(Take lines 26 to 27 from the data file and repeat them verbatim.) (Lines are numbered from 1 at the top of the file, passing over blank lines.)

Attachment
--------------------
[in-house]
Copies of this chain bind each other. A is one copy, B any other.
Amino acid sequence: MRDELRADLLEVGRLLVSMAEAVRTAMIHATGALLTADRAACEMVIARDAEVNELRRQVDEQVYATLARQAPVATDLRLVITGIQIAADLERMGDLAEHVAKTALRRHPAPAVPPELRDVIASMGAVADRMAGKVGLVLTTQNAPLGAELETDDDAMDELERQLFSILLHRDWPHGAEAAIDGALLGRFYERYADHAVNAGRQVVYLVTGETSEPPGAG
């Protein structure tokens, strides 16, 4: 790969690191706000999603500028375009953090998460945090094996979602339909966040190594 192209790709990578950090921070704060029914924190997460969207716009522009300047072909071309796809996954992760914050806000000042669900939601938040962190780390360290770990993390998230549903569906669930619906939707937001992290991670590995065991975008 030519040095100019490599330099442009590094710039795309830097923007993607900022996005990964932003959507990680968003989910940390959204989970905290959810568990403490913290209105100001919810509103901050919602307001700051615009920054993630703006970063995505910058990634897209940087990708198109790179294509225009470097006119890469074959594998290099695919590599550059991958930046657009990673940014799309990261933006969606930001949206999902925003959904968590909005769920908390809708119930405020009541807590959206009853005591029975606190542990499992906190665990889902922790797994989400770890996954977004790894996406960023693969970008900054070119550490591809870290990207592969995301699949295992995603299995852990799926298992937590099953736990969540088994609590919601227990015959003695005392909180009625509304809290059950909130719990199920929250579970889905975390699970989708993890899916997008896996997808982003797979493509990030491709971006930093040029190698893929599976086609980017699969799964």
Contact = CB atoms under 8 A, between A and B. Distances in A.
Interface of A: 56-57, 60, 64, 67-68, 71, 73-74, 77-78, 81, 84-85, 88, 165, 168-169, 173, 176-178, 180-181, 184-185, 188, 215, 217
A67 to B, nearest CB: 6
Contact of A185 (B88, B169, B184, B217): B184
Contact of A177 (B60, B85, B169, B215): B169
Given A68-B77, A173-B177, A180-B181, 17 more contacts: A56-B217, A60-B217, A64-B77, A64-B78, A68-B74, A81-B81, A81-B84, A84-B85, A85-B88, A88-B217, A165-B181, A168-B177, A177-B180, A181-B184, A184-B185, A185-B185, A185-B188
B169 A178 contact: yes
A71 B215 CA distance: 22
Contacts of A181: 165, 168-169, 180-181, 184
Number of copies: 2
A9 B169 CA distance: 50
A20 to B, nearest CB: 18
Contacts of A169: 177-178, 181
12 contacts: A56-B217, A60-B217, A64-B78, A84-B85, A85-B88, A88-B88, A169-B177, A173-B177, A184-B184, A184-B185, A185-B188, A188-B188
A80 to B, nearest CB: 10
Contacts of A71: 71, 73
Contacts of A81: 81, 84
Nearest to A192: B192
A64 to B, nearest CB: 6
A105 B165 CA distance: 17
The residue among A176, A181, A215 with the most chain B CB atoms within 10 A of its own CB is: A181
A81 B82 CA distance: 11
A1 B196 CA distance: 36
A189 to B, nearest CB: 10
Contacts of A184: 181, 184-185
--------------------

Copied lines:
A81 B82 CA distance: 11
A1 B196 CA distance: 36